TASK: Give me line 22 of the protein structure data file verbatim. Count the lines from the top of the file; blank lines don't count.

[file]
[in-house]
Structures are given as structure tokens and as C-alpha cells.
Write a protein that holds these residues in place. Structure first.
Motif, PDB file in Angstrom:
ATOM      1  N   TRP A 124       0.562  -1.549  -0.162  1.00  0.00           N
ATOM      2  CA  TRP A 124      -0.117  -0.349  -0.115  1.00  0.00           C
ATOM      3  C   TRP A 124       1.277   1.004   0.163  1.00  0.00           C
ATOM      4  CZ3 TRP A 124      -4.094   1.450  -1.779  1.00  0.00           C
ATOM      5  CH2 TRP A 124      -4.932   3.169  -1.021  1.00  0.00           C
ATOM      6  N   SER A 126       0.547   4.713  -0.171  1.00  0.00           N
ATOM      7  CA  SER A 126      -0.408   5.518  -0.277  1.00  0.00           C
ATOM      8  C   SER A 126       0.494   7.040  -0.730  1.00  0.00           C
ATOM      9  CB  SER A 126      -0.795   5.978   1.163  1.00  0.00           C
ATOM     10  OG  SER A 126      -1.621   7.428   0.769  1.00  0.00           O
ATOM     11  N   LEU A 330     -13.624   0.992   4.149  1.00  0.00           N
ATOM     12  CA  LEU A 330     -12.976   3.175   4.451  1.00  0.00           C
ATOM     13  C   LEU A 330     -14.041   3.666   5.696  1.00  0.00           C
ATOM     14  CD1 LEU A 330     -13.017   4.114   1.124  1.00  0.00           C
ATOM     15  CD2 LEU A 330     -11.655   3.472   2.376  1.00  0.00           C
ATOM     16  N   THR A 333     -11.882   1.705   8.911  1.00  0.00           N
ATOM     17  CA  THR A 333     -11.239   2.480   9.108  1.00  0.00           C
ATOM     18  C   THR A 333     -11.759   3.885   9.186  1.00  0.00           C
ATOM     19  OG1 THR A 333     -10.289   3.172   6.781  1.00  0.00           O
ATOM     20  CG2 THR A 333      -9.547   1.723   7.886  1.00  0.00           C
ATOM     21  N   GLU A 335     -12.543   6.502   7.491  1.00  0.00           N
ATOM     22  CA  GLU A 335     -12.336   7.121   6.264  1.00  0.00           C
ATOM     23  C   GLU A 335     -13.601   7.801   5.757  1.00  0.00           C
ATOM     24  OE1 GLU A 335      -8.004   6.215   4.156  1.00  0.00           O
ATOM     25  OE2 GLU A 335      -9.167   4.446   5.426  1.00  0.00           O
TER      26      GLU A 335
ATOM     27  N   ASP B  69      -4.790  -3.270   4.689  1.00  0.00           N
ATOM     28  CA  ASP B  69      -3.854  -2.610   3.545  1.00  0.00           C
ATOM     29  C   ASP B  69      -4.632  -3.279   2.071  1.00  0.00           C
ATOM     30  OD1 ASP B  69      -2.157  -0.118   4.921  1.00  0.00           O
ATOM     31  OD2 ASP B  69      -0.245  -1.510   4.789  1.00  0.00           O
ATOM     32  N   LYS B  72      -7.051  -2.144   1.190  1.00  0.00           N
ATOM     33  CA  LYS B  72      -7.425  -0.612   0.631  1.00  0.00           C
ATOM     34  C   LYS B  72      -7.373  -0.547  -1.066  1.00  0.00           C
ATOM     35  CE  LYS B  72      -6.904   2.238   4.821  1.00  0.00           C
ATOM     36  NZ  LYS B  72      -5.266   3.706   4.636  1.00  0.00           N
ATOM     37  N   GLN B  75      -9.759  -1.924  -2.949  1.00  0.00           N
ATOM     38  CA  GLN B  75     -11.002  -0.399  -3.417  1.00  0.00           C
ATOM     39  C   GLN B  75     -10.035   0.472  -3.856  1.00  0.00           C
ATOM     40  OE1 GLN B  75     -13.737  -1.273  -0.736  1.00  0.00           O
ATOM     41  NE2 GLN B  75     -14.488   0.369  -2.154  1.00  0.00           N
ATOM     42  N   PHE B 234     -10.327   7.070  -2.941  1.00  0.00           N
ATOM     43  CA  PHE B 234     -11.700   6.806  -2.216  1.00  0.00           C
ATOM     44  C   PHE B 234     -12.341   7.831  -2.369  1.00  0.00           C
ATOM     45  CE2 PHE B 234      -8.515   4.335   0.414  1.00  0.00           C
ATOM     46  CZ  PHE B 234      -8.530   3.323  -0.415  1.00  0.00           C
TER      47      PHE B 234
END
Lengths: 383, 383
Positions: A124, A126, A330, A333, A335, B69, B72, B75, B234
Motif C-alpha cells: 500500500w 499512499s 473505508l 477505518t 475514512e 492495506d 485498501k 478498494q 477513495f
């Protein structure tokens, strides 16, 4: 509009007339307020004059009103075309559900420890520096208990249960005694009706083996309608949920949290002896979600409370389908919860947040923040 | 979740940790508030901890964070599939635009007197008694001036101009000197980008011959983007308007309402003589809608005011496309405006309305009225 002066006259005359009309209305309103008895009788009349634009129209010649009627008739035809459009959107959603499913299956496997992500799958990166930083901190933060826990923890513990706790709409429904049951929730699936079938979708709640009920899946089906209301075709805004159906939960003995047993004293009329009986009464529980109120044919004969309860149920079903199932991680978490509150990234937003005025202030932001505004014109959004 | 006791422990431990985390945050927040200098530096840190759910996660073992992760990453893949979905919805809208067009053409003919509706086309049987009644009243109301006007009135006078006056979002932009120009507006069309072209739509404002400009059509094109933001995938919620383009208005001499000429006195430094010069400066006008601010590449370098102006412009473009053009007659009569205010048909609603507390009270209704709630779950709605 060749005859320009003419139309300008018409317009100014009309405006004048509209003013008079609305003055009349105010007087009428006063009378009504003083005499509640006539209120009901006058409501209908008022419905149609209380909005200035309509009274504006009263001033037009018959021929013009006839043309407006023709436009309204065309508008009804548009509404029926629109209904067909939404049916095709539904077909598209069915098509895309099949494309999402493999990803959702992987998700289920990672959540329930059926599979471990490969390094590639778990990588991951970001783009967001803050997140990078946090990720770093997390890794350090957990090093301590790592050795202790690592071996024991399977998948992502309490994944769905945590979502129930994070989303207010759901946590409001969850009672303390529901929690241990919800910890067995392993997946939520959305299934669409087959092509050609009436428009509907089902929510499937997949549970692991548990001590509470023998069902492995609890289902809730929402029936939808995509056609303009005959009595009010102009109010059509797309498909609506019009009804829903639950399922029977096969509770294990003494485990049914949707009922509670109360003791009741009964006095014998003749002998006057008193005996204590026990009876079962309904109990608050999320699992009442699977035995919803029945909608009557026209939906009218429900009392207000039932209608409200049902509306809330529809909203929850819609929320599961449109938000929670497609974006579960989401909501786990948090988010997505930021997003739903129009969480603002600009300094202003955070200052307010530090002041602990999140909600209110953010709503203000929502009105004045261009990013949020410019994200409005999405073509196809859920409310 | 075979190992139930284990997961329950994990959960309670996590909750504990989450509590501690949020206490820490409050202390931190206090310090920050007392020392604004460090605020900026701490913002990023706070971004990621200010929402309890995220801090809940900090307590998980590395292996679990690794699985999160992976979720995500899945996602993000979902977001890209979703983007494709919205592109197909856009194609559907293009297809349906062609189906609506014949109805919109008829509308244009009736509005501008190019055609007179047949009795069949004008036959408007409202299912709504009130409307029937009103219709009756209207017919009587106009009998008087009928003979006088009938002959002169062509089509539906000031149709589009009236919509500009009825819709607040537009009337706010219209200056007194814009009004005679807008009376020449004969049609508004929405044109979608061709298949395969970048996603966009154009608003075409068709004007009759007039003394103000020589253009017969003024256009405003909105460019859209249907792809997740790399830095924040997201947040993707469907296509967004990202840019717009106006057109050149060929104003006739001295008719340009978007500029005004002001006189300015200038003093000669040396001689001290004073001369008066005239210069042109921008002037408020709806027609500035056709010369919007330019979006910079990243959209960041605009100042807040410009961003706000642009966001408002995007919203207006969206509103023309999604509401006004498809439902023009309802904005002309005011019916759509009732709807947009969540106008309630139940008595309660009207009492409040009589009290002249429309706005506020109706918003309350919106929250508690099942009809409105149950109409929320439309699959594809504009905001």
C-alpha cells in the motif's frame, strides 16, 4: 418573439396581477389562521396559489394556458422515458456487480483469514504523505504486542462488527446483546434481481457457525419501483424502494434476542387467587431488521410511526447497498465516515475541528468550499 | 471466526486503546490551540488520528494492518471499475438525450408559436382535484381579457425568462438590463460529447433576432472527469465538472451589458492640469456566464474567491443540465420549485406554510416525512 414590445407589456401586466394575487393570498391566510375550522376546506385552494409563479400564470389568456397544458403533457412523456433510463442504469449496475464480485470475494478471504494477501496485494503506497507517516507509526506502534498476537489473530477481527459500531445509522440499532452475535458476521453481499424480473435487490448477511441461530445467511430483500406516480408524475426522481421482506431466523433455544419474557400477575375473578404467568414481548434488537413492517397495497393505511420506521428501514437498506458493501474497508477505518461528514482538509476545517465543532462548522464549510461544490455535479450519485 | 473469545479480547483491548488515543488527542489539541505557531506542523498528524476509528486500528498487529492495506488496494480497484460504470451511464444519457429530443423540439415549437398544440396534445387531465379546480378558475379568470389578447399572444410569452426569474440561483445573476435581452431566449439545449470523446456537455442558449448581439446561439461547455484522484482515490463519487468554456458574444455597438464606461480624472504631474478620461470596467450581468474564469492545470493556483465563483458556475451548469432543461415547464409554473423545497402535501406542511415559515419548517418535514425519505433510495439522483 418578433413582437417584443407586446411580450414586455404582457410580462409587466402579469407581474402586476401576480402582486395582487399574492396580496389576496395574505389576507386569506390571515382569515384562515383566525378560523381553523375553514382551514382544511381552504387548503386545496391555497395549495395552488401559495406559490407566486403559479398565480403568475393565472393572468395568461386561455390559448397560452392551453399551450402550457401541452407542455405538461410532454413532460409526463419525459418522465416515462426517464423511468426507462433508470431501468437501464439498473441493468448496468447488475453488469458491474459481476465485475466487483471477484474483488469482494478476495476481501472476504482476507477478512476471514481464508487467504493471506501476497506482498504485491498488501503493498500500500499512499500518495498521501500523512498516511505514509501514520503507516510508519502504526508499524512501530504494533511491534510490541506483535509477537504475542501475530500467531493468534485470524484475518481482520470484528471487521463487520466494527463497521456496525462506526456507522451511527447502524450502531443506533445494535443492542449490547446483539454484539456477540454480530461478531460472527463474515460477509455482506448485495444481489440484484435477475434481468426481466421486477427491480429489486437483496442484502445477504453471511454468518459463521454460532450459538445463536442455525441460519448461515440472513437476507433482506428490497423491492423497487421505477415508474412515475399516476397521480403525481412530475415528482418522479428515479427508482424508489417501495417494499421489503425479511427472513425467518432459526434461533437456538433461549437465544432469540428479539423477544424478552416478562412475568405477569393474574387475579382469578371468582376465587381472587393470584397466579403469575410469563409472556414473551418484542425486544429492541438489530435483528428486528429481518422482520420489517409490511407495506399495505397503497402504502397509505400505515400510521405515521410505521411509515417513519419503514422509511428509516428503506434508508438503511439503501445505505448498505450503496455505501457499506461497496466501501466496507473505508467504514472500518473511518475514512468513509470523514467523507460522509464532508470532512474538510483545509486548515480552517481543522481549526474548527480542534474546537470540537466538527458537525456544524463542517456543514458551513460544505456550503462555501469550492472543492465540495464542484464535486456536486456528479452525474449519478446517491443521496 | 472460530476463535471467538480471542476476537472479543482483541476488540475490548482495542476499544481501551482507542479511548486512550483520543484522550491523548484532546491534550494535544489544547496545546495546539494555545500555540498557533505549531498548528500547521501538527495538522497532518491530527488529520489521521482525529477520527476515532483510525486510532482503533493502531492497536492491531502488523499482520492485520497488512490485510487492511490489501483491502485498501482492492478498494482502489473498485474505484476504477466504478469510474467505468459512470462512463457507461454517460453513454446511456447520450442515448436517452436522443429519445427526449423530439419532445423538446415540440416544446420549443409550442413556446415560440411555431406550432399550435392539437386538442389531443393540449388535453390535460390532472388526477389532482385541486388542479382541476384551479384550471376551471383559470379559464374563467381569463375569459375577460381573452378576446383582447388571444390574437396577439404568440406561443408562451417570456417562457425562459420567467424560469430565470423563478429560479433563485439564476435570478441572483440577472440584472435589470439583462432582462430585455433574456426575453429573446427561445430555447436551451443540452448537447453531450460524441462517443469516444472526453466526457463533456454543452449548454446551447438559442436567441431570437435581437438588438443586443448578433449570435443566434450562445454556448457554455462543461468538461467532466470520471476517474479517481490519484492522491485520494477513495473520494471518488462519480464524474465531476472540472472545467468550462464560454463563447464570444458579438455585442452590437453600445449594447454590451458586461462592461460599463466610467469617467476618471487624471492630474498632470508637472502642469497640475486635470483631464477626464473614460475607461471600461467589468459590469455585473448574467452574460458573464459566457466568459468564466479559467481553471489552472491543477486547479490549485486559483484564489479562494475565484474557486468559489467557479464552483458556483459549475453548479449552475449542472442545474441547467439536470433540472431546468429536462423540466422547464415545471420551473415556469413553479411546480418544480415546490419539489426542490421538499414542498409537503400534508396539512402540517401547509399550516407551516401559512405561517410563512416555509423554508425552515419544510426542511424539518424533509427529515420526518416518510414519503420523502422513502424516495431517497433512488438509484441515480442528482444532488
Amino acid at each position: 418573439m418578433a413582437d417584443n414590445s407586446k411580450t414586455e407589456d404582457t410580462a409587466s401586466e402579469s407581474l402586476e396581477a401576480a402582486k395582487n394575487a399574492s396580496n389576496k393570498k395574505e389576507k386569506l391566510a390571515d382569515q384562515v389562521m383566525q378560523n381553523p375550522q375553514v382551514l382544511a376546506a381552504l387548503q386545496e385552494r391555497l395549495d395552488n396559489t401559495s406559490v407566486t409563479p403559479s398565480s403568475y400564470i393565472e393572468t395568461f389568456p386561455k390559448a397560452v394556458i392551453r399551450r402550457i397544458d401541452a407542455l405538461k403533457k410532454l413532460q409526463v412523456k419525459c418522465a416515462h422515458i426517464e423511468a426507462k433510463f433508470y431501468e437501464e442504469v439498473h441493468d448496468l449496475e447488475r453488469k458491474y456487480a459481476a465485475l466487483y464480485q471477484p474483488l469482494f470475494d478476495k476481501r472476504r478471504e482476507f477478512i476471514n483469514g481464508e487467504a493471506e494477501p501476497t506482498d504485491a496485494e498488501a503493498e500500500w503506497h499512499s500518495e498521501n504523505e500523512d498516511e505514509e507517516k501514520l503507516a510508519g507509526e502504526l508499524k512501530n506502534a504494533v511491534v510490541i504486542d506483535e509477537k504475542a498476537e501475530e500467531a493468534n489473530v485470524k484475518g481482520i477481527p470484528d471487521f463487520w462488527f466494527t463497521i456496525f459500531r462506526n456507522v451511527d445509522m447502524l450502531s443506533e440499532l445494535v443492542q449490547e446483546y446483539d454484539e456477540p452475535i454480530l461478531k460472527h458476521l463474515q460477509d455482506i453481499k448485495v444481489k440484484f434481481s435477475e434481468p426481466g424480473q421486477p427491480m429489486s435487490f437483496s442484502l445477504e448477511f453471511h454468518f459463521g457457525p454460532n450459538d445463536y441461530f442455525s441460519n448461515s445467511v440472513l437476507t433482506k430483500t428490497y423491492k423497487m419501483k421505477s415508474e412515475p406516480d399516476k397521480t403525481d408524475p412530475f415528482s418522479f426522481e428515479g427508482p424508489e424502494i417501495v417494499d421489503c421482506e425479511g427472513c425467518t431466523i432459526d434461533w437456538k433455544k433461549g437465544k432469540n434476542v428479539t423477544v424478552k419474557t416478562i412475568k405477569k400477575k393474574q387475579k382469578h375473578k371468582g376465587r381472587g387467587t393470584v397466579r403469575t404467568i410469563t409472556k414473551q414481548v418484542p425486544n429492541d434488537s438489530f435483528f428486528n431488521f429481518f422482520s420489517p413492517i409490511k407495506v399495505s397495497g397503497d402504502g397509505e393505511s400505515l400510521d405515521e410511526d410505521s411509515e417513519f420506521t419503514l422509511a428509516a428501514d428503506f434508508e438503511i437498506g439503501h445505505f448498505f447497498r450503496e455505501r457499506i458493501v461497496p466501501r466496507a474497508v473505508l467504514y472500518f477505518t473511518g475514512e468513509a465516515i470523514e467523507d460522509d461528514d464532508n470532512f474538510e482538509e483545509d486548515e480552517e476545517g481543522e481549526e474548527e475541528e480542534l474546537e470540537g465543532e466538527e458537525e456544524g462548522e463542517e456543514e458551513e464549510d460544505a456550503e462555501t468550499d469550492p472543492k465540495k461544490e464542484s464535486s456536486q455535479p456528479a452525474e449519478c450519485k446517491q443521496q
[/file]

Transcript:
ATOM     18  C   THR A 333     -11.759   3.885   9.186  1.00  0.00           C